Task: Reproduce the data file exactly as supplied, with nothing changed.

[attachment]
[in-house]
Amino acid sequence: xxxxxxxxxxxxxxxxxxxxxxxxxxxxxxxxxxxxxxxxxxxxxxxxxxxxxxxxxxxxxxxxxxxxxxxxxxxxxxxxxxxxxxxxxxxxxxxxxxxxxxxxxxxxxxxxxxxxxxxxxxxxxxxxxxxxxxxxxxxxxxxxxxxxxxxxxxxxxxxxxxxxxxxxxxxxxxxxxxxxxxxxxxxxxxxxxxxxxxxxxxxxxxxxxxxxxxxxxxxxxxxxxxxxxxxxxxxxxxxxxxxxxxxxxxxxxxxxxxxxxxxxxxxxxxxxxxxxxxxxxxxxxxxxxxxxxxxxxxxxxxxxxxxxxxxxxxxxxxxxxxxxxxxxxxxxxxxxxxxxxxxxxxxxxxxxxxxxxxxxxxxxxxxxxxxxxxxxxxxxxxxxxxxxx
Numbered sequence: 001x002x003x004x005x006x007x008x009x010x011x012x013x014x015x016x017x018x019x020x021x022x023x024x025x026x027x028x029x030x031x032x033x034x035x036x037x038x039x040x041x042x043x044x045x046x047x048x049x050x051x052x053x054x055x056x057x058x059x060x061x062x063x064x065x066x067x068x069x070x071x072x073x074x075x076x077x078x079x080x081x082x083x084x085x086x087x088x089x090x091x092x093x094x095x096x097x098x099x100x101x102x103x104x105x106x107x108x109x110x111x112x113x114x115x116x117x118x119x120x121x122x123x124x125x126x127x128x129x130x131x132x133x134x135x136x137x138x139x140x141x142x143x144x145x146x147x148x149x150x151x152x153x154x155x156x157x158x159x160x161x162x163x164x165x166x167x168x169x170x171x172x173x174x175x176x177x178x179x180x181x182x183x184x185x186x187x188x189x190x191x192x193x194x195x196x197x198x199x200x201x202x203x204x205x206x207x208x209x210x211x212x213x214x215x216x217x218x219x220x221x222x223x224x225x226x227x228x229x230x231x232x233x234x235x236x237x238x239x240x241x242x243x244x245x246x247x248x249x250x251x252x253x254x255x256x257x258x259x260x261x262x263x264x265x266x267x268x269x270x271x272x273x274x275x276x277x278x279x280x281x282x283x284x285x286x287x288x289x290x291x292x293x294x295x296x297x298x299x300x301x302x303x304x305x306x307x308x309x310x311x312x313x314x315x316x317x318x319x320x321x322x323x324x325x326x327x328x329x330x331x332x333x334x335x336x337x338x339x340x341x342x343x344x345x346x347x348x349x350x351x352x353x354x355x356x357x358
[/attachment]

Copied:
[in-house]
Amino acid sequence: xxxxxxxxxxxxxxxxxxxxxxxxxxxxxxxxxxxxxxxxxxxxxxxxxxxxxxxxxxxxxxxxxxxxxxxxxxxxxxxxxxxxxxxxxxxxxxxxxxxxxxxxxxxxxxxxxxxxxxxxxxxxxxxxxxxxxxxxxxxxxxxxxxxxxxxxxxxxxxxxxxxxxxxxxxxxxxxxxxxxxxxxxxxxxxxxxxxxxxxxxxxxxxxxxxxxxxxxxxxxxxxxxxxxxxxxxxxxxxxxxxxxxxxxxxxxxxxxxxxxxxxxxxxxxxxxxxxxxxxxxxxxxxxxxxxxxxxxxxxxxxxxxxxxxxxxxxxxxxxxxxxxxxxxxxxxxxxxxxxxxxxxxxxxxxxxxxxxxxxxxxxxxxxxxxxxxxxxxxxxxxxxxxxxx
Numbered sequence: 001x002x003x004x005x006x007x008x009x010x011x012x013x014x015x016x017x018x019x020x021x022x023x024x025x026x027x028x029x030x031x032x033x034x035x036x037x038x039x040x041x042x043x044x045x046x047x048x049x050x051x052x053x054x055x056x057x058x059x060x061x062x063x064x065x066x067x068x069x070x071x072x073x074x075x076x077x078x079x080x081x082x083x084x085x086x087x088x089x090x091x092x093x094x095x096x097x098x099x100x101x102x103x104x105x106x107x108x109x110x111x112x113x114x115x116x117x118x119x120x121x122x123x124x125x126x127x128x129x130x131x132x133x134x135x136x137x138x139x140x141x142x143x144x145x146x147x148x149x150x151x152x153x154x155x156x157x158x159x160x161x162x163x164x165x166x167x168x169x170x171x172x173x174x175x176x177x178x179x180x181x182x183x184x185x186x187x188x189x190x191x192x193x194x195x196x197x198x199x200x201x202x203x204x205x206x207x208x209x210x211x212x213x214x215x216x217x218x219x220x221x222x223x224x225x226x227x228x229x230x231x232x233x234x235x236x237x238x239x240x241x242x243x244x245x246x247x248x249x250x251x252x253x254x255x256x257x258x259x260x261x262x263x264x265x266x267x268x269x270x271x272x273x274x275x276x277x278x279x280x281x282x283x284x285x286x287x288x289x290x291x292x293x294x295x296x297x298x299x300x301x302x303x304x305x306x307x308x309x310x311x312x313x314x315x316x317x318x319x320x321x322x323x324x325x326x327x328x329x330x331x332x333x334x335x336x337x338x339x340x341x342x343x344x345x346x347x348x349x350x351x352x353x354x355x356x357x358